Structure and Dynamics of Membranous Interfaces

  • ID: 2325188
  • Book
  • 448 Pages
  • John Wiley and Sons Ltd
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LEADING SCIENTISTS REVIEW AND EXPLAN THE STATE OF THE SCIENCE.

With chapters contributed by pioneers and leading scientists in the field, this carefully edited work provides state–of–the–science reviews focusing on the structural and dynamic aspects of diverse membranous systems. In addition to learning the significance of the latest discoveries in membranous systems, readers also learn the most advanced techniques used to study these complex systems. Moreover, the text brings together a tremendous array of both published and unpublished data, offering an unprecedented reference and resource to fuel further research.

Integrating findings from computer science, biophysics, surface science, physical chemistry, nanotechnology, biochemistry, chemical engineering, materials science, and clinical physiology, this book offers a truly multidisciplinary perspective. Its fifteen chapters are organized into three main sections:

  • Membrane Structure, focusing on direct experimental studies to determine the polymorphic structures of model and natural membranous systems

  • Dynamics & Molecular Events at Membrane Interfaces, examining how membrane structures are formed and evolve into other superstructures

  • Complex Membranous Systems, exploring bacterial and neural membranes, lung surfactants, and other colloidal systems

Structure and Dynamics of Membranous Interfaces offers researchers and students studying biomembranes a unique snapshot of what is known in the field, where additional research is needed, and where the field is heading. Furthermore, armed with a better understanding of membranous systems, readers are well positioned to make new advances in such areas as drug design, medicine, and environmental technologies.

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Introduction.

Part I: Membrane Structure.

1. The Membrane Interface as a Structured Compartment and a Substrate for Enzyme Action (Ole G. Mouritsen Luis A. Bagatolli, and Adam C. Simonsen).

2. Tof–SIMS Imaging of Lipid/Protein Model Systems (Michael Seifert, Mohammed Saleem, Daniel Breitenstein, Hans–Joachim Galla, and Michaela C. Meyera).

3. Flexibility and Structure of Fluid Bilayer Interfaces (Michael Rappolt and Georg Pabst).

4. X–Ray Diffraction Studies of Lung Surfactant Membrane Structures (Marcus Larsson).

5. Neutron and X–Ray Scattering from Isotropic and Aligned Membranes (J. Katsaras, J. Pencer, M. –P. Nieh, T. Abraham, N. Kucerka, and Thad A. Harrown).

Part II: Dynamics and Molecular Events At Membrane Interfaces.

6. Interaction of Plasma Proteins with Phospholipids at Interfaces (Chia–Lin Yin, D. Dorcas, Anna Dudek, and Chien–Hsiang Chang).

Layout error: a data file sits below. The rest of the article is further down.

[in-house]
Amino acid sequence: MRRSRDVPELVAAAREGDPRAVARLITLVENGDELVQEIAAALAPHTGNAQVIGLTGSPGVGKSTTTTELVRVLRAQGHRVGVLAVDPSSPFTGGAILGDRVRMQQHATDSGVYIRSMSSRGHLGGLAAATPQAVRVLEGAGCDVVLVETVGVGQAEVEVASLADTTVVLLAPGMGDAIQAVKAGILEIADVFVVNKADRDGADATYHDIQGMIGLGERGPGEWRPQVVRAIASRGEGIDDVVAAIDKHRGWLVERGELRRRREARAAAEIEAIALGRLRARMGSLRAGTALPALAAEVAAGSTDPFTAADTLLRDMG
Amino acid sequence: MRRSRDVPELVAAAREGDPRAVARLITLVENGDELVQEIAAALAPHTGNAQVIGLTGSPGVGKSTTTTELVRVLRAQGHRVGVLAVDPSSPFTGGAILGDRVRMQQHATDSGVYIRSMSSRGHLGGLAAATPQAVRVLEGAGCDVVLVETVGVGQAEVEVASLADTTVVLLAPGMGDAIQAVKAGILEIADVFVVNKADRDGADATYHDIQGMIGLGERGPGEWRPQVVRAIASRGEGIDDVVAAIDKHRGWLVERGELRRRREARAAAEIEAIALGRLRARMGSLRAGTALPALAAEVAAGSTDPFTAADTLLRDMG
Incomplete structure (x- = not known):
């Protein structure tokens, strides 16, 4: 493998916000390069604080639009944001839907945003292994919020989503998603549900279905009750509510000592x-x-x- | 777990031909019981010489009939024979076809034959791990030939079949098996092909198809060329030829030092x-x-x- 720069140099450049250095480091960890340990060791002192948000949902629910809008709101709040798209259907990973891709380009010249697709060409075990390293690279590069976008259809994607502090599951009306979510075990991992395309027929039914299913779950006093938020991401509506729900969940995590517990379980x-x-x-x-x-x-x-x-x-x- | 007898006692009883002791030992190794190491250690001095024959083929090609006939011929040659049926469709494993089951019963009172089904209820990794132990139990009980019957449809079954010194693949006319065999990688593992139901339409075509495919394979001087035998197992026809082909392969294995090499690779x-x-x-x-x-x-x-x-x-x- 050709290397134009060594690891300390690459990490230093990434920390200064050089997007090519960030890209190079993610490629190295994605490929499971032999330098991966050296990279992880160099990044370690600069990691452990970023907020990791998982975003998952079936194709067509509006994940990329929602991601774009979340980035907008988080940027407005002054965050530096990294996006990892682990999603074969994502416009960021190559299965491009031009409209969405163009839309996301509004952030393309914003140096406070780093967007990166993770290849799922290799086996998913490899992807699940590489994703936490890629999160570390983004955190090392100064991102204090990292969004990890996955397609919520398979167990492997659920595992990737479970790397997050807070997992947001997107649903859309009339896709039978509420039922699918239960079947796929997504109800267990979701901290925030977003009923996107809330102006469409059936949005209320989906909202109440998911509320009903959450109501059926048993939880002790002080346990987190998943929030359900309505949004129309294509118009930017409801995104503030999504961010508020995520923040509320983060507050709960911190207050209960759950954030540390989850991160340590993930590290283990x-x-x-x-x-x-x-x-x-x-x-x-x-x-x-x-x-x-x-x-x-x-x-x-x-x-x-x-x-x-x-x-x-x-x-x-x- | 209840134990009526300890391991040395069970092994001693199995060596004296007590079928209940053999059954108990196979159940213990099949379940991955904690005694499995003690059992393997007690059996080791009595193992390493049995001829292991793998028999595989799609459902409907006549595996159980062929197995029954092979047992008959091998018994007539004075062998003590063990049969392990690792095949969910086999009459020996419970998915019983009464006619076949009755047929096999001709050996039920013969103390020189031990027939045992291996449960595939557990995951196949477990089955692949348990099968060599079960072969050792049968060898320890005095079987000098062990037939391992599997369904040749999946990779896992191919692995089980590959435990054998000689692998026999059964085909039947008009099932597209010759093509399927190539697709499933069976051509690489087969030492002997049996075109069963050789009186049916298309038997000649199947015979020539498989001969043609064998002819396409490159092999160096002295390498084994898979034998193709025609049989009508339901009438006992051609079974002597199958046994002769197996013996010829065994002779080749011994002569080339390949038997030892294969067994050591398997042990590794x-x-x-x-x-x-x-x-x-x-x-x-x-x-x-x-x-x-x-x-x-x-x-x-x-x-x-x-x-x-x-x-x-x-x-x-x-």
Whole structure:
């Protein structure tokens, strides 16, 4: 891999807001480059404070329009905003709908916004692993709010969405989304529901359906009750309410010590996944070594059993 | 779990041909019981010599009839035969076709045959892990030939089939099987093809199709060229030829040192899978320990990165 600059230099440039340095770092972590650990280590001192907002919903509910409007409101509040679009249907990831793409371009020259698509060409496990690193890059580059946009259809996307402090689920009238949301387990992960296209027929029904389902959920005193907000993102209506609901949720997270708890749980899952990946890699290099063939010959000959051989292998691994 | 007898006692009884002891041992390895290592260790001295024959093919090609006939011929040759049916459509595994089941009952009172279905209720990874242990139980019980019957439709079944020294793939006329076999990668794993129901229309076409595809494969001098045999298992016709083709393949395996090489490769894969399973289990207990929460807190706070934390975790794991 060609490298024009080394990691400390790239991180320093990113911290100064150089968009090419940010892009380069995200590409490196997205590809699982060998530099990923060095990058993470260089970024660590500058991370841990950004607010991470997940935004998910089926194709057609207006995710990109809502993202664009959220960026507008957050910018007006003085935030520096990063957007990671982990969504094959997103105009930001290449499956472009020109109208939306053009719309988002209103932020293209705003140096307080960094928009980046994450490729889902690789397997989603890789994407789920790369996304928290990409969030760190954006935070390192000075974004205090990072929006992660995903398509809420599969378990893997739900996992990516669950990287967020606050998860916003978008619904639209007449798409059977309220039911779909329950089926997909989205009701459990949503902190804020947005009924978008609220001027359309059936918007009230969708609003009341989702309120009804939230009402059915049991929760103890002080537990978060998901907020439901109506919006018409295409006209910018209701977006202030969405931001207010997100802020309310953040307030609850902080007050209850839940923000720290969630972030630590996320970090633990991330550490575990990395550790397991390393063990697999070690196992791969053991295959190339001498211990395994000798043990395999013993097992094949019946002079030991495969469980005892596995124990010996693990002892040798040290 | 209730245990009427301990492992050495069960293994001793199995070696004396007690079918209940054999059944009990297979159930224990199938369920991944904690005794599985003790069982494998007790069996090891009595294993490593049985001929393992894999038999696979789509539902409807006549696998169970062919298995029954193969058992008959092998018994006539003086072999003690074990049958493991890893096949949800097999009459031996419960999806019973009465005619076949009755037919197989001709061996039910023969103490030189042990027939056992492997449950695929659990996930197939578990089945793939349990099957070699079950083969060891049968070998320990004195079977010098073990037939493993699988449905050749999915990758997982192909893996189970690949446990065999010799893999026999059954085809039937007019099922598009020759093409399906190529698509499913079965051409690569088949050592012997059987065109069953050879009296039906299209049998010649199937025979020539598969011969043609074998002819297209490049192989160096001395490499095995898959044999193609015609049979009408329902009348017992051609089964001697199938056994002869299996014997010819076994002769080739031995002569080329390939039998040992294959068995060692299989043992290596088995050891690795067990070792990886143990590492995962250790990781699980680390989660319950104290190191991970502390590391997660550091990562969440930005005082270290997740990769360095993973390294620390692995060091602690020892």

7. Monitoring of Membrane–Associated Protein Binkding and of Enzyme Activity in Monolayers at the Air–Water Interface by Infrared Spectroscopy (Sylvain Bussieres, Julie Boucher, Philippe Desmeules, Michel Grandbois Bernard Desbat, and Christian Salesse).

8. Chirality and Dipolar Interactions of Membrane Mimetic Amphiphilic Molecules (Nilashis Nandi, K. Thirumoorthy, and Dieter Vollhardt).

9. Organic and Inorganic Osmolytes at Lipid Membrane Interfaces (Peter Westh and Gunther H. Peters).

10. Protein Lipid Interactions from a Molecular Dynamics Simulation Point of View (Christian Kandt, Edit Matyus, and D. Peter Tieleman).

Part II: Complex Membranous Systems.

11. Molecular Analysis of Bacterial Membranous Systems (Salim Sioud, Nicolas Joly, Patrick Martin, and Joseph Banoub).

12. Thermodynamics of the Nervous Impulse (Thomas Heimburg and Andrew D. Jackson).

13. Relationships Between Surface Viscosity, Monolayer Phase Behavior, and the Stability of Lung Surfactant Monolayers (Joseph A. Zasadzinski, Coralie Alonso, Junqi Ding, Frank Bringezu, Heidi Warriner, Tim Alig, Siegfried Steltenkamp, and Alan J. Waring).

14. A Cursory Glance at the Phyiscochemical Properties of Oppositely Charged Surfactants in Solution and at the Air–Water Interface (Amiya Kumar Panda and Kaushik Nag).

15. Phase Transitions, Cholesterol and Raft Structures in Films and Bilayers of a Natural Membranous System (Kaushik Nag, Mauricia Fritzen–Garcia, Ravi Devraj, Ashley Hillier, and Doyle Rose).

Index.

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Kaushik Nag, PhD, is an Associate Professor in the Department of Biochemistry and Physics at Memorial University of Newfoundland, Canada. His research interests include biophysical and structural biochemistry of lipid–protein systems in lung surfactants and biomembranes. In addition, Dr. Nag is involved in using Langmuir films, giant liposome, Deuterium–NMR, fluorescence and atomic force microscopy, differential scanning calorimetry, Raman/IR imaging, and molecular dynamics simulations to study lung surfactant and biomembrane structure and dysfunction. He is the recipient of a prestigious five–year New Investigator Grant from the CIHR and major infrastructure funding from CFI and NSERC for Surface Nanobiology Laboratory.
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